• Dogs without tails

    Stubby tails, screw tails, and missing tails are part of some breeds' standard appearance. However, dogs without normal tails not only lack an essential part of their body language but often also suffer from spinal deformities. Possible consequences might be paralysis and incontinence.

    Affected breeds: French Bulldog, English Bulldog, Bobtail, Corgi, and others

  • Dogs with short legs

    Dogs with particularly short legs often suffer from herniated discs or so-called dachshund paralysis. Mainly breeds with unusually long backs like the eponymous dachshund are affected, but other small breeds may also suffer from cartilage growth disorder and paralysis symptoms.

    Affected breeds: Dachshund, Basset, Corgi, Pekinese, French Bulldog, English Bulldog, Pug, short-legged Terrier, and others

  • Dogs with droopy eyelids

    Dogs with droopy lower eyelids often have exposed conjunctiva – dust, bacteria, and other particles might easily penetrate. Therefore, their eyes are often watery, and the dogs suffer from chronic eye infections.

    Affected breeds: Great Dane, Mastiff, Basset, Saint Bernard, Newfoundland, and others

  • Tiny breeds

    Due to their low body weight, tiny breeds, particularly so-called teacup dogs, become hypoglycemic if the intervals between feedings are too long. That could become life-threatening very quickly. Additionally, their cranium does not ossify completely, which can easily lead to severe brain injuries in the event of bumps and falls. It is also common for the cranium to be too small for the brain, resulting in severe headaches and neurological problems. Furthermore, dental and liver problems are also widespread.

    Affected breeds: Chihuahua, Miniature Pinscher, Yorkshire Terrier, Miniature Spitz, Cavalier King Charles Spaniel, Toy Poodle, and others

  • Large breeds

    The breeding of large dogs has shortened the life expectancy of the affected dogs. That can be attributed to the joints, which cannot carry the high body weight well. Furthermore, their cardiovascular system is strained too much, making them more likely prone to cancer.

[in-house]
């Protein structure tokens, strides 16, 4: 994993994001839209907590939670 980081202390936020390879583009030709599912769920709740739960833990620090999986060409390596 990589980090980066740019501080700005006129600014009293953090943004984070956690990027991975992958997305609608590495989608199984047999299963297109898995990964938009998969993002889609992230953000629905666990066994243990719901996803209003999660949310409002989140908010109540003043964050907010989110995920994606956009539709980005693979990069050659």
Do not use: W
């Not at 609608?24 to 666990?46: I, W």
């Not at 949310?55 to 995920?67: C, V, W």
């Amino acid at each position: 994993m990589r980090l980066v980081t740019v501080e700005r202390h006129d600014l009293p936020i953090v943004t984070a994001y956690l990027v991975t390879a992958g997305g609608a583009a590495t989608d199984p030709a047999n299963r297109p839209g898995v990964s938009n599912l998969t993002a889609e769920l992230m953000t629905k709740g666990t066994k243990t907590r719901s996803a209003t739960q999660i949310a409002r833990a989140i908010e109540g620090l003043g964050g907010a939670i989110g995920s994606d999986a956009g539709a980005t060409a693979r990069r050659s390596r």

Affected breeds: Irish Wolfhound, Great Dane, Saint Bernard, and others

  • Pied dogs

    Merle dogs with irregular patterns often suffer from malformations in the ear, which leads to deafness, balance disturbances, and correlated nausea when driving. In addition, when merle dogs mate, so-called "white tigers" are born. These are often not only deaf but also visually impaired and often die young.

    Affected breeds: Australian Shepherd, Long and Shorthaired Collie, Border Collie, Sheltie, Dachshund, Great Dane, Chihuahua, and others

     

  • Blue-gray dogs

    Breeds such as the Weimaraner, which has long been bred as a working dog in the color blue, show no problems caused by the blue-gray coloring. However, the trend towards dogs in unique colors has led to the breeding of "blue"-colored Labradors or Dobermans. The blue-black or silver color in these breeds often leads to hair loss, itching, and other skin problems in adulthood. In addition, there are problems with the immune system, wound healing, and the gastrointestinal tract.

    Affected breeds: Labrador, Doberman, Great Dane, Dachshund, Chihuahua, French Bulldog, American Staffordshire Terrier, and others 

If you are interested in a dog affected by torturous breeding, take a close look at the breed. We highly recommend refraining from buying a dog that shows torturous breeding characteristics. It is not uncommon for these dogs to suffer for the rest of their lives, and even expensive veterinary interventions often cannot completely ease the suffering.

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Due to their short snout, overbred French Bulldogs, Pugs & Co. hardly get any air and overheat quickly.
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Blue- or silver-colored Labradors often suffer from itching, skin problems, and hair loss.

Where should you get the dog?

Have you made up your mind about the breed and characteristics of the dog? Then, most likely, the question arises as to where you should get the dog. There are several options to choose from: 

  • animal shelter
  • breeder
  • private person
  • domestic/abroad

You can find information about the different sources as well as advantages and disadvantages in our handout "Where should the dog come from?". If you are interested in a puppy, please also refer to our checklist "How do I recognize a reputable dog breeder?".